Friday, November 30, 2012

Happy Kampala Days

I am firmly in the honeymoon stage of culture shock, and I'm loving every minute of it!

So here's what I'm loving so far (for those moments down the road when I'm deep in a culture shock valley):

-Work:  Awesome.  Challenging, rewarding, entertaining, and fun.  And that's all I'm going to say about that.

-Housing:  Awesome.  After Jeddah I was due some good housing karma, and I've got it in spades.  It has its quirks, but it's pretty darn wonderful.  And my neighbors are all awesome as well. 

-Settling in:  My car was in my driveway the day after I arrived.  My HHE and UAB were delivered within a week.  I have two internet sources set up, and today I had DSTV installed. 

-Weather:  Pretty much perfect.  I even love the rain!  60-80 every day of the year, give or take a few degrees?  It doesn't get much better than that.

-People:  Old friends, new friends, an abundance of good people.  Colleagues and Ugandans alike - they're all wonderful.  It's not every post you can get invited to a Thanksgiving with people you've just met and feel right at home. 

-House help:  I am lucky to have found a wonderfully caring and talented housekeeper my first week here.  She loves my cats, and they love her.  She cooks well, does the grocery shopping, and anticipates things.  And she's not too zealous about putting things away in places I'll never find them, which is always a plus!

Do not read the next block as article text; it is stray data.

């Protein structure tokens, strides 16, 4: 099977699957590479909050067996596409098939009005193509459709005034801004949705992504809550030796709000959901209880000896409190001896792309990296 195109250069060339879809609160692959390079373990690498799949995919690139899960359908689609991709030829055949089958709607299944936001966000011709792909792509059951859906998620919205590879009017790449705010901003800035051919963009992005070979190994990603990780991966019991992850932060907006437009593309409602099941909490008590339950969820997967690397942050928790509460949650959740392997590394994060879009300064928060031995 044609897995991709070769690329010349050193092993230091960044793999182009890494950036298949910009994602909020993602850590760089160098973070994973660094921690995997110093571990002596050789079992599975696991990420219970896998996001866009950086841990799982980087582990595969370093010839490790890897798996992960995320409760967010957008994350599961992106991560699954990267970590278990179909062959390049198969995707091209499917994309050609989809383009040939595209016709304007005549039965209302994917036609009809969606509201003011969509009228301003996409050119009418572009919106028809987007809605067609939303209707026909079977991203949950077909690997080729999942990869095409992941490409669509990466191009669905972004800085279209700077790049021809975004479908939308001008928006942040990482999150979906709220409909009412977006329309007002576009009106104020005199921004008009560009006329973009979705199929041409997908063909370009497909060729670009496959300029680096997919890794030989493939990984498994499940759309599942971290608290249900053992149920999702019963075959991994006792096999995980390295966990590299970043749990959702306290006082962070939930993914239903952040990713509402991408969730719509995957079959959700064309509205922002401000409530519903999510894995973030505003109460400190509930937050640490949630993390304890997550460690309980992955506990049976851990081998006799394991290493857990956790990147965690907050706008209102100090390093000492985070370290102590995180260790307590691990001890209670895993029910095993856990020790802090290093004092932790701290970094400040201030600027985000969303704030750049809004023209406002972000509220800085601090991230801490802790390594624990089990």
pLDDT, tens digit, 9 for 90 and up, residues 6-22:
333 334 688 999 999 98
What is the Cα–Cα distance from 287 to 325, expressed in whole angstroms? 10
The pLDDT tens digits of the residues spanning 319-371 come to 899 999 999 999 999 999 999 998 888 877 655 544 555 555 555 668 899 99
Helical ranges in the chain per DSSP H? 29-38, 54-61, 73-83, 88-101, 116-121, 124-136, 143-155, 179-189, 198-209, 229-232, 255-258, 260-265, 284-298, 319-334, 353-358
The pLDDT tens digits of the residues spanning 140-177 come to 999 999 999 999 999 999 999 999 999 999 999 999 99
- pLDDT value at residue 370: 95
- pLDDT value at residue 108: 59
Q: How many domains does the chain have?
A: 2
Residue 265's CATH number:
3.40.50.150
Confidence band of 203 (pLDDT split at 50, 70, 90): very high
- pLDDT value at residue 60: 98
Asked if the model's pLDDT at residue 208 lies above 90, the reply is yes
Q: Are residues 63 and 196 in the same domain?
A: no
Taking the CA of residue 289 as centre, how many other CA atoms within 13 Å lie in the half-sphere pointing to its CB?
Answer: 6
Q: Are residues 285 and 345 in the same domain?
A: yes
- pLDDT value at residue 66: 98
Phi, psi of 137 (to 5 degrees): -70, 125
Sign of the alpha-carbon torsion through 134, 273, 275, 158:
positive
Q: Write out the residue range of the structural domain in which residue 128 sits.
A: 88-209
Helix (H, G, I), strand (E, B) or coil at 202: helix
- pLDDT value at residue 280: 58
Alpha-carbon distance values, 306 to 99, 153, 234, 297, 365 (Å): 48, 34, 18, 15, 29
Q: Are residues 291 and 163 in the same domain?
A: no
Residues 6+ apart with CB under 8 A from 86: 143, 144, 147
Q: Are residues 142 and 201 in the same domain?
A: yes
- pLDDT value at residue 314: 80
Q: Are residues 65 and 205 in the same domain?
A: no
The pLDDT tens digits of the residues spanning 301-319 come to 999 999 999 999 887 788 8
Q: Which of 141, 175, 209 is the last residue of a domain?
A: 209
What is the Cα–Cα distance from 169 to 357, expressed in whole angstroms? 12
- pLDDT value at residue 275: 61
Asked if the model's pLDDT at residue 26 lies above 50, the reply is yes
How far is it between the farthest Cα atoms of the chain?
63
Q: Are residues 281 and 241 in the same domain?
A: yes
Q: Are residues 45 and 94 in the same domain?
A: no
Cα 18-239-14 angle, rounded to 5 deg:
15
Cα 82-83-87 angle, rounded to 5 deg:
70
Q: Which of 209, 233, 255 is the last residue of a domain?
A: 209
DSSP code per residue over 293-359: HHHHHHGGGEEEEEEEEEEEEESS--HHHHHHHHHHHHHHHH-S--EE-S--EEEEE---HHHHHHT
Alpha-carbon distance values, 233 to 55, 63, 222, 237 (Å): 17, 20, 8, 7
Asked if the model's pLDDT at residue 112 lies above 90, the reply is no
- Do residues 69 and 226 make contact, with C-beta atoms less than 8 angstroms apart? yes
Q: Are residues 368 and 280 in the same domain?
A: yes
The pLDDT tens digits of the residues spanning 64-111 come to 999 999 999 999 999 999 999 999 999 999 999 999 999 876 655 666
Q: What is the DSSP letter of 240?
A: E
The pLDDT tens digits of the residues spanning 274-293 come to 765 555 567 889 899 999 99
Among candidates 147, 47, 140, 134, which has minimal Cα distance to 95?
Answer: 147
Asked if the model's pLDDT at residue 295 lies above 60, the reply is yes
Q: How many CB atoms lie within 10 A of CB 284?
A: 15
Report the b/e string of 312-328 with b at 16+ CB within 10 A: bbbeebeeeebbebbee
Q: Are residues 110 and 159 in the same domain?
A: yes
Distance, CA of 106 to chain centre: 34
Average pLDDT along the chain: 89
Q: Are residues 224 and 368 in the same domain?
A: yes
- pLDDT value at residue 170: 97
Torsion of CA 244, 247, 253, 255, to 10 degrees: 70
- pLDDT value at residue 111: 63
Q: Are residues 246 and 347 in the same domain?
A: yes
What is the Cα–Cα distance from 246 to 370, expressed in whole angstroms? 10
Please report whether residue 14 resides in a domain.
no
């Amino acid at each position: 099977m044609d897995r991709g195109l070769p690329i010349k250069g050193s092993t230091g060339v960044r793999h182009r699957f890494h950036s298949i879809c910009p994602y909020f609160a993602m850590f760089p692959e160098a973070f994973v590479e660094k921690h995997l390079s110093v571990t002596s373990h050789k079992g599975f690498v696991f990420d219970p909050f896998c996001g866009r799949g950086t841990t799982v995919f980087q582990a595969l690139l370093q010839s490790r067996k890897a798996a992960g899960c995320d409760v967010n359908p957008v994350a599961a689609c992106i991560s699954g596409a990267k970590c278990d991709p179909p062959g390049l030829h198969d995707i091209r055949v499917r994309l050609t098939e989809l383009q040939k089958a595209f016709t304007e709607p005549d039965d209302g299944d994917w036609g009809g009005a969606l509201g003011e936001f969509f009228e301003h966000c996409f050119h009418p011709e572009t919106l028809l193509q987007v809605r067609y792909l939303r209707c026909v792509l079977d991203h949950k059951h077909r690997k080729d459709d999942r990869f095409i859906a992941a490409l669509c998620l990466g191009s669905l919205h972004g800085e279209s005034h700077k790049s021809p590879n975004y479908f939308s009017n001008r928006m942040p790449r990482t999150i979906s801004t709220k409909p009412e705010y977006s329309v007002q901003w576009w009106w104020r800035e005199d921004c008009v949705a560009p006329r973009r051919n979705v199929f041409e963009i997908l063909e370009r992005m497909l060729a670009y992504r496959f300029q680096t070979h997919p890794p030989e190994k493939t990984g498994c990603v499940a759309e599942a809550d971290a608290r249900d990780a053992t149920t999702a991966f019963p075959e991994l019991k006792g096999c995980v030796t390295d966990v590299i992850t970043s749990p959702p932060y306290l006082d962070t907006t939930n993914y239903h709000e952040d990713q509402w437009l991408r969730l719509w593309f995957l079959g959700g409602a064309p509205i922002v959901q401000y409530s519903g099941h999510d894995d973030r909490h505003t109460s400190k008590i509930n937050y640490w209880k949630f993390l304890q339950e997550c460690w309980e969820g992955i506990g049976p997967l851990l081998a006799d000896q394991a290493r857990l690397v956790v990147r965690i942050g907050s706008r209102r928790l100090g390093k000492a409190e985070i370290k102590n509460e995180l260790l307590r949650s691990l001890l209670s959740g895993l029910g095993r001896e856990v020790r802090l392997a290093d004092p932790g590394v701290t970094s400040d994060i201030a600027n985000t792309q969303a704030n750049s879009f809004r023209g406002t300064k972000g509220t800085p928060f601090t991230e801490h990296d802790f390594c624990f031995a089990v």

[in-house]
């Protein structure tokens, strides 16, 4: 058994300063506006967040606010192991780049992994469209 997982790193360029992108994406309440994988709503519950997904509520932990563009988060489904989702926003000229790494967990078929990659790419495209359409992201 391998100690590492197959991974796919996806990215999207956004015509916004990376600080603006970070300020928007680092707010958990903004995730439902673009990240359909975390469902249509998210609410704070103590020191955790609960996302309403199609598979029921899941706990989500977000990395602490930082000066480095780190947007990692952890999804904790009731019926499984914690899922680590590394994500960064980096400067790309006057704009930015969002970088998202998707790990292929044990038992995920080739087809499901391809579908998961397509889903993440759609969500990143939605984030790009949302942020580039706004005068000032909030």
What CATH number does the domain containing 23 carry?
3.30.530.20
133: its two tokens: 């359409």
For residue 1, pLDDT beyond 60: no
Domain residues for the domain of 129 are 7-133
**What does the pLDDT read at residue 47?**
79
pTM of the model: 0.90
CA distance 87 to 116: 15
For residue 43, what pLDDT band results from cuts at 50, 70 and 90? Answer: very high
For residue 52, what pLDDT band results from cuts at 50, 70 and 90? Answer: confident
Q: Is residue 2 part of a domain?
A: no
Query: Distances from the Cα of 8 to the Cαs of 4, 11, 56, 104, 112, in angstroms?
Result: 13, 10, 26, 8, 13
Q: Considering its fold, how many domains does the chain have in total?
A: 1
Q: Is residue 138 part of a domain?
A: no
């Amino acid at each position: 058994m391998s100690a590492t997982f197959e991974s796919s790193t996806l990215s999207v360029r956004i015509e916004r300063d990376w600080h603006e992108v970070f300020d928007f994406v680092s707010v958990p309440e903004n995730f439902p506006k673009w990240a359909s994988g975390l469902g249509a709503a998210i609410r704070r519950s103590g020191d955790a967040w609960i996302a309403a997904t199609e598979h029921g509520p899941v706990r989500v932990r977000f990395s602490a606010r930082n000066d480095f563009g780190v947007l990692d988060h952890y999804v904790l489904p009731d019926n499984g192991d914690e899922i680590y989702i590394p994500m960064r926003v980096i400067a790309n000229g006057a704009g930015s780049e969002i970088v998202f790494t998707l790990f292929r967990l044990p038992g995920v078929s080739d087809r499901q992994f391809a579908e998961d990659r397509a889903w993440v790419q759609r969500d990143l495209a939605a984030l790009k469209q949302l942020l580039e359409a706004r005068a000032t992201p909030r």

-Happy cats:  The cats settled in quickly and never looked back.  They're slowly getting over their fear of strangers - Callie even emerged when the DSTV guys were here and making noise today!

-Green:  So, so, so much lovely green.  After two years in the Gulf, it's much appreciated.  I will never get tired of looking at banana trees and palm trees and fields of lush crops.  This is an amazingly fertile country.  Which leads me to my next point.

-Food:  The fruits and veggies here are great - fresh, quality, and affordable.  I do miss berries, but it's a tradeoff for the most wonderful bananas and pineapples and mangoes and papaya and...  I've been to a few restaurants, all of which have been really good.  I can get pretty much anything I need on the local economy, so I'm feeling good about this.

-Life:     No matter what time of day or night, the city is full of life.  On a drive to the airport a few weeks ago in the wee hours of the morning, I was amazed at how many people were up and about.  Comparatively, Saudi felt fairly sterile in terms of life on the streets as you drive through the city.  Some parts were more lively than others, but they pale in comparison to Uganda.  Or, maybe, it was dominated by cars and not people.  Here, I never fail to smile on my commutes to and from work - there's so much to see and take in!  People, shops, animals, markets, street food, farmers, factories, matatus, boda bodas, and more - it's awesome.  Someone said to me when I arrived that I shouldn't have the notion that streets were meant for cars to drive on - that's merely one of their many functions.  And it's true!  It's a little scary to imagine driving in these very chaotic but exciting streets, something I'll try out this weekend, but I'm excited all the same.  You really get to know a place by driving there, and it was something I missed out on in Saudi.  I do want to hire a driver for part of the time, but I am not over the novelty being allowed to drive. 

I know I'm forgetting something, but it's the end of a long week, and I have my bedroom finally almost perfect with the addition of working A/C, so sleep is a pleasant thing again :-).

So, dear reader, please remind me of this post in 3-5 months when I'm cursing many of these same attributes of post!  Gotta love the roller coaster of culture shock!